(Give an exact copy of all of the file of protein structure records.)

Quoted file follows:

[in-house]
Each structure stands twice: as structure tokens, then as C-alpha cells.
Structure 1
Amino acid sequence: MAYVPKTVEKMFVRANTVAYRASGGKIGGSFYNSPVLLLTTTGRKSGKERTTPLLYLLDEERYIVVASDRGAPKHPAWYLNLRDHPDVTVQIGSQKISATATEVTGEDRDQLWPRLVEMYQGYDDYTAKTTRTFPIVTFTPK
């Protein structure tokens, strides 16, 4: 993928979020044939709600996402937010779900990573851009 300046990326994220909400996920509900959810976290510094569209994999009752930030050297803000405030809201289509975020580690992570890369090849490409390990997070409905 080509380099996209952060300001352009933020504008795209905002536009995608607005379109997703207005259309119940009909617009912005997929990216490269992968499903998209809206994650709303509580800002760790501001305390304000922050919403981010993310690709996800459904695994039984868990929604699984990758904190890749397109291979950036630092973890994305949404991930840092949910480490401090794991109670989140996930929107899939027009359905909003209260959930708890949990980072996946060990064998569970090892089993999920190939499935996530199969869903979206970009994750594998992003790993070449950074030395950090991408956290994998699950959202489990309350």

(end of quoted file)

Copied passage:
[in-house]
Each structure stands twice: as structure tokens, then as C-alpha cells.
Structure 1
Amino acid sequence: MAYVPKTVEKMFVRANTVAYRASGGKIGGSFYNSPVLLLTTTGRKSGKERTTPLLYLLDEERYIVVASDRGAPKHPAWYLNLRDHPDVTVQIGSQKISATATEVTGEDRDQLWPRLVEMYQGYDDYTAKTTRTFPIVTFTPK
């Protein structure tokens, strides 16, 4: 993928979020044939709600996402937010779900990573851009 300046990326994220909400996920509900959810976290510094569209994999009752930030050297803000405030809201289509975020580690992570890369090849490409390990997070409905 080509380099996209952060300001352009933020504008795209905002536009995608607005379109997703207005259309119940009909617009912005997929990216490269992968499903998209809206994650709303509580800002760790501001305390304000922050919403981010993310690709996800459904695994039984868990929604699984990758904190890749397109291979950036630092973890994305949404991930840092949910480490401090794991109670989140996930929107899939027009359905909003209260959930708890949990980072996946060990064998569970090892089993999920190939499935996530199969869903979206970009994750594998992003790993070449950074030395950090991408956290994998699950959202489990309350």